Strengthening the military should not be equated with expanding government. Expanding the expenditures on one facet of Government, to meet an ongoing crisis, which is within the sphere of that Government, is one thing. What is unconscionable, today, is the expansion of Government into areas that are not the proper function of our Constitutional Government--indeed into areas where Reagan sought to reduce, and eventually eliminate Government.

And the long term ideals might have been deferred. They were certainly not sacrificed.

William Flax Return Of The Gods Web Site

40 posted on 12/03/2004 3:11:18 PM PST by Ohioan
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To: Ohioan

"Strengthening the military should not be equated with expanding government."

Agreed. But one needs to take into account the wheeling and dealing that goes on when conservatives seek to increase funding for the military. Often, misguided and opportunistic liberals (and conservatives) see this as their chance to include pork and expansion of welfare state projects into the budget process. That is what happened to Reagan. In order to get funding for the military he had to bite the bullet on increased social spending.


41 posted on 12/03/2004 3:34:20 PM PST by eleni121 (NO more reaching out!)
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To: ImpBill
"Some form of Medicare is always going to be with us and the nouveau conservatives better grasp that fact and work with the traditional conservatives within the boomer generation to come up with real workable alternatives."

I strongly urge you to read the complete series. It is not possible, economically or politically, or by any possible compromise to fund the combined unfunded liabilities of Social Security and Medicare. The Comptroller of the Currency has already confirmed that our economy has never in history grown at a pace that would make this possible. The growth and competition that is occuring in China and Asia will increase in the future. Our nation as a whole is spending 1.5 billion dollars every single day more than we are producing. Look at this chart that compares the growth to total US income to the growth of total US debt:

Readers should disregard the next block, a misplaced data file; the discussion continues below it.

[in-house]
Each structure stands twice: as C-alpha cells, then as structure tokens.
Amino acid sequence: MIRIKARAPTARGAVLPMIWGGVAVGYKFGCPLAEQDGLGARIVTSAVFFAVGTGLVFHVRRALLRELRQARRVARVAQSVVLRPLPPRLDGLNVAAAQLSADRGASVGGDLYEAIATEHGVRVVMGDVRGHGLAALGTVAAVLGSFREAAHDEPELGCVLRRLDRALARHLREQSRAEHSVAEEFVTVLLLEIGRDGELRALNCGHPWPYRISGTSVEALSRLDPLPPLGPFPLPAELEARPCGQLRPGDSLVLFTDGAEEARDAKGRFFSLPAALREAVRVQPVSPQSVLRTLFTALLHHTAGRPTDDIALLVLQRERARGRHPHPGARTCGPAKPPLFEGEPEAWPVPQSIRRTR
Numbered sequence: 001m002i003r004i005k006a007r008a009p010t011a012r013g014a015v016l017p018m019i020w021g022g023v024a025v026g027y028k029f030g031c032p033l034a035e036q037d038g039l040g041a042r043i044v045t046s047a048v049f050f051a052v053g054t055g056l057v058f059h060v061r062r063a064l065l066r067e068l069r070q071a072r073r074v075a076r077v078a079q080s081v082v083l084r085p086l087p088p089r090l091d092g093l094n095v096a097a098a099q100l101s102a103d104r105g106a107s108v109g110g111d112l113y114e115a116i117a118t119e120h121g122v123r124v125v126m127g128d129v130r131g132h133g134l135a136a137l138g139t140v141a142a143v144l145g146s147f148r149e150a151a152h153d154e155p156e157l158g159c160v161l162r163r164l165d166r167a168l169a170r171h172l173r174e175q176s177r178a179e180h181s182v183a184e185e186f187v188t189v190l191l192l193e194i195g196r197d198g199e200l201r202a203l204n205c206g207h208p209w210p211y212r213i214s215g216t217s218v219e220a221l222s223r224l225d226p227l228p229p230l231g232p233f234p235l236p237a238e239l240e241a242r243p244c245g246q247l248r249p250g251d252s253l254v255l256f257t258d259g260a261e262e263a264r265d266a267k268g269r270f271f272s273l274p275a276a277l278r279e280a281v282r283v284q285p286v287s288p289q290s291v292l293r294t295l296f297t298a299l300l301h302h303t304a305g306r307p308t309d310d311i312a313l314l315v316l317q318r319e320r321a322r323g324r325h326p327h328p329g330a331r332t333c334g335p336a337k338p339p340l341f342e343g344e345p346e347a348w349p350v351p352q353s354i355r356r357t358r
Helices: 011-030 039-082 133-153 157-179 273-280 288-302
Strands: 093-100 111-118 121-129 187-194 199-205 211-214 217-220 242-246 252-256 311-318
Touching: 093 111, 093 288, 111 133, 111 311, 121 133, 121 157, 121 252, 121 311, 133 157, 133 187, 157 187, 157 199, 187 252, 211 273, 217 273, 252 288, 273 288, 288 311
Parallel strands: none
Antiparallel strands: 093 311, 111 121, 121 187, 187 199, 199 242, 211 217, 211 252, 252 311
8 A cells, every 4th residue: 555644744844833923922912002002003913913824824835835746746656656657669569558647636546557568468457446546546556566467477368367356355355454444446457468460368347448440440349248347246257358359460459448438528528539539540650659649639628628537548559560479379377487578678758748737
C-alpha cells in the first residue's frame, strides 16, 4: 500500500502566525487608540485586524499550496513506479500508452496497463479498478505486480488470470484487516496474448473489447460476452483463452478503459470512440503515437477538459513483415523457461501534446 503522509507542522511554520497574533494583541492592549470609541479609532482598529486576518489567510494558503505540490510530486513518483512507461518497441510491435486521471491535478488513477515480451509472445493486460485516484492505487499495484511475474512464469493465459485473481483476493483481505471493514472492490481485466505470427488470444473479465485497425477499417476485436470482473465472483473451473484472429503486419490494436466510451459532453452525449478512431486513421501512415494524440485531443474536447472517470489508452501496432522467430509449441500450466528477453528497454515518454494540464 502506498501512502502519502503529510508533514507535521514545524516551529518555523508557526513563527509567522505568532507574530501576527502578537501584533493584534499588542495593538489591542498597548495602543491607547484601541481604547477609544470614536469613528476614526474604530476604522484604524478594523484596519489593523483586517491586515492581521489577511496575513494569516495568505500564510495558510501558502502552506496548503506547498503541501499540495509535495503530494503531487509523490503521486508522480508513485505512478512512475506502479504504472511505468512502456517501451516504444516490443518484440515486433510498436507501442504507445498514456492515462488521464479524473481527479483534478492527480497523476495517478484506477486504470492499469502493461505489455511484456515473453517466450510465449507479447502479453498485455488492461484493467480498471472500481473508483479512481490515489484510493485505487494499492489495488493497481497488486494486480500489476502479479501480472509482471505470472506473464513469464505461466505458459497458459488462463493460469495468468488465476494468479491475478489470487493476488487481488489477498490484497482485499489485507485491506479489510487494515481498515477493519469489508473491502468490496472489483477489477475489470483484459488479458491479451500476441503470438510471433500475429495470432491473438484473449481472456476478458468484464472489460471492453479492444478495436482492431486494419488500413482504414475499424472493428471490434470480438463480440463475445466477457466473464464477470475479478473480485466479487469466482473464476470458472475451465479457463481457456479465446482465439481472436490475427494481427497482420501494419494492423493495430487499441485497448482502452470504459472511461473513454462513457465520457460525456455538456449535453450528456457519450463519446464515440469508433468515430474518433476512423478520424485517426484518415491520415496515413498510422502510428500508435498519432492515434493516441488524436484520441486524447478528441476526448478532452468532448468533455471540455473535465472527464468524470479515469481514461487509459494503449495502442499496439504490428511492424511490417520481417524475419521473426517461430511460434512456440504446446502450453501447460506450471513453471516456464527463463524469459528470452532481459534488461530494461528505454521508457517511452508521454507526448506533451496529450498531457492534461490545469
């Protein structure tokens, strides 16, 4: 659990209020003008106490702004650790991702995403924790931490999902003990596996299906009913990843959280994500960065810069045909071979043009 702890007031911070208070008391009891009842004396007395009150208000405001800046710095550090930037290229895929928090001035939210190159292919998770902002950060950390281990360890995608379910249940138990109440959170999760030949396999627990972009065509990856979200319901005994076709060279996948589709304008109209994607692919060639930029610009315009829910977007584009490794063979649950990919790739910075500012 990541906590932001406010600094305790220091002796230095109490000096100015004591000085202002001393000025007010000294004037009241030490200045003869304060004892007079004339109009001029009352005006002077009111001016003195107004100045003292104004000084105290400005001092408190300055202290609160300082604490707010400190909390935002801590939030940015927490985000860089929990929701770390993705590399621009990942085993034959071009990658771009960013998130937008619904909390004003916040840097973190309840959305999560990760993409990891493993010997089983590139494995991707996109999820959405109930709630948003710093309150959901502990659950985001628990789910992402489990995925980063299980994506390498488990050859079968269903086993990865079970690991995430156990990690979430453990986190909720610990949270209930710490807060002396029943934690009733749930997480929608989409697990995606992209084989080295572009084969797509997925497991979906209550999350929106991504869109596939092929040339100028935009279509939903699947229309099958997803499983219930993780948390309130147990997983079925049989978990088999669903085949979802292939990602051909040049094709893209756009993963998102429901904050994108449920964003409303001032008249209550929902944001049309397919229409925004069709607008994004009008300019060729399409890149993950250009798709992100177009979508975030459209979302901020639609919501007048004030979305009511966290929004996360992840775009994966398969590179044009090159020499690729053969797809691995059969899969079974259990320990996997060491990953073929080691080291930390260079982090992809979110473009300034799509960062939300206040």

We have been consuming our capital base for more than fifty years and the pace has now gone parabolic. No matter what you think, believe or wish for, the United States is facing bankruptcy or hyperinflation when the Medicare liabilities of the boomers begin to mature. No one in their right minds can believe that working Americans at that time are going to willingly sacrifice their own and their families' financial security and future to pay for an unconstitutional benefit that the payers had no opportunity to vote for or against. We have already fought one revolution over taxation without representation. Can anyone seriously believe this would not be the source of another? Can this be anyone's dream of leaving a better America to their children?

These are issues that Americans can effectively and fairly deal with now. If we wait until 2012, it will be too late. If we are to deal effectively with it even by 2008, we must start now. The series provides a discussion of the problems we face and it offers a politically doable solution. While it is not a crisis now, it is a crisis that is coming and by the time the political class in Washington is even willing to admit that the problem exists, it will be too late.